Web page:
University of Hawaii Press. 6 x 9", xvii, 456 pp., b/w figures, 5 maps, appendix, notes, Glossary of terms and names, bibliography, index, paper, Honolulu, 2000. Item #17818
The political influence of temples in premodern Japan, most clearly manifested in divine demonstrations--where rowdy monks and shrine servants brought holy symbols to the capital to exert pressure on courtiers--has traditionally been condemned and is poorly understood. In an impressive examination of this intriguing aspect of medieval Japan, the author employs a wide range of previously neglected sources to argue that religious protest was a symptom of political factionalism in the capital rather than its cause. It is his contention that religious violence can be traced primarily to attempts by secular leaders to rearrange religious and political hierarchies to their own advantage, thereby leaving disfavored religious institutions to fend for their accustomed rights and status. In this context, divine demonstrations became the preferred negotiating tool for monastic complexes. For almost three centuries, such strategies allowed a handful of elite temples to maintain enough of an equilibrium to sustain and defend the old style of rulership even against the efforts of the Ashikaga Shogunate in the mid-fourteenth century.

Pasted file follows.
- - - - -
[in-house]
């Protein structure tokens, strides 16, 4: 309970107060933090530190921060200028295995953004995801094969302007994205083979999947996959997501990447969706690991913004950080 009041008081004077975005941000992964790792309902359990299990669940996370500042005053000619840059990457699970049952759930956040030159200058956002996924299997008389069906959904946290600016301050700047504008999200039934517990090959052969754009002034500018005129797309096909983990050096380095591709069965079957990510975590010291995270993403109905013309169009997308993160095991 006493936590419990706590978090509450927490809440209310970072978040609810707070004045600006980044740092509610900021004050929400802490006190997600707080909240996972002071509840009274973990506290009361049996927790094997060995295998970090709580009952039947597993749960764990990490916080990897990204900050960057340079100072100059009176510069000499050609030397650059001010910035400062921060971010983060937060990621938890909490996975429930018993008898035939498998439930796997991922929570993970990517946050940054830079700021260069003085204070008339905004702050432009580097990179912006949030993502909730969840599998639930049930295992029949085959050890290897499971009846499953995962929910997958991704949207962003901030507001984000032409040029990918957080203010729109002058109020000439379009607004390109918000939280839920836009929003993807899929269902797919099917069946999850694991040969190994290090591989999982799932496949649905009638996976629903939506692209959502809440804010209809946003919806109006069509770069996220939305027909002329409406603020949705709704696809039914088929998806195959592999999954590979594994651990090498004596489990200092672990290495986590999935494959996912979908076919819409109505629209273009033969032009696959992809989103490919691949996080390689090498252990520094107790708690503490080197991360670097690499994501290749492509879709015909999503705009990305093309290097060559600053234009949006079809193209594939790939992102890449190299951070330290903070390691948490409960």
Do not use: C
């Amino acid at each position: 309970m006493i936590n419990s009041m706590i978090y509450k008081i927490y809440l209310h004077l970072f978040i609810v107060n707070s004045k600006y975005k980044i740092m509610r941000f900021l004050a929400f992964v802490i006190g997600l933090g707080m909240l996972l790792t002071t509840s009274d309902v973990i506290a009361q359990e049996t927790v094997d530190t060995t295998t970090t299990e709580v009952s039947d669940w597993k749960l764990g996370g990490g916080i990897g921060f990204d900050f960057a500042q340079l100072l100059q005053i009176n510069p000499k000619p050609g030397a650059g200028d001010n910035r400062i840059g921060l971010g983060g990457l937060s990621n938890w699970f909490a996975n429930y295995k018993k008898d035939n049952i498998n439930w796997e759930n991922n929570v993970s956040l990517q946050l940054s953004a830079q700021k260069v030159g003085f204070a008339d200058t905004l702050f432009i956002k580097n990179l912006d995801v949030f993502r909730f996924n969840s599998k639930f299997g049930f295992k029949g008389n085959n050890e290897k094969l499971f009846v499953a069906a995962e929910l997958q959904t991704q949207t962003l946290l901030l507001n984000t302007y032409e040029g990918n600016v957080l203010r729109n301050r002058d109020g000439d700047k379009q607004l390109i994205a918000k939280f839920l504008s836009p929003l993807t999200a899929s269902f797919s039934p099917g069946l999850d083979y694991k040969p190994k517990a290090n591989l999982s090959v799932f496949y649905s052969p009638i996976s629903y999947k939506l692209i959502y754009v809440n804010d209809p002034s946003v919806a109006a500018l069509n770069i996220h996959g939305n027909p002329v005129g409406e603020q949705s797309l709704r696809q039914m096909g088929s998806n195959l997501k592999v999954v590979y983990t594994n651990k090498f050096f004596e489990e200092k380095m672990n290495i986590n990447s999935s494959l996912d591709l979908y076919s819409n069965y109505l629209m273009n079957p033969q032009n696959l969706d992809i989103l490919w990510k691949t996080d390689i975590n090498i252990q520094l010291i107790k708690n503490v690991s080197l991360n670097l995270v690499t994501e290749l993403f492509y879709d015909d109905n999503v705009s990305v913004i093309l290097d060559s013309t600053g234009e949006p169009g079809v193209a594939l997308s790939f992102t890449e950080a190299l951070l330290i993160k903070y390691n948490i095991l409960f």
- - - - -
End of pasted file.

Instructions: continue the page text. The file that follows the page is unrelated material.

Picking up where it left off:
By acknowledging temples and monks as legitimate co-rulers, The Gates of Power provides a new synthesis of Japanese rulership from the late Heian (794-1185) to the early Muromachi (1336-1573) eras, offering a unique and comprehensive analysis that brings together the spheres of art, religion, ideas, and politics in medieval Japan.
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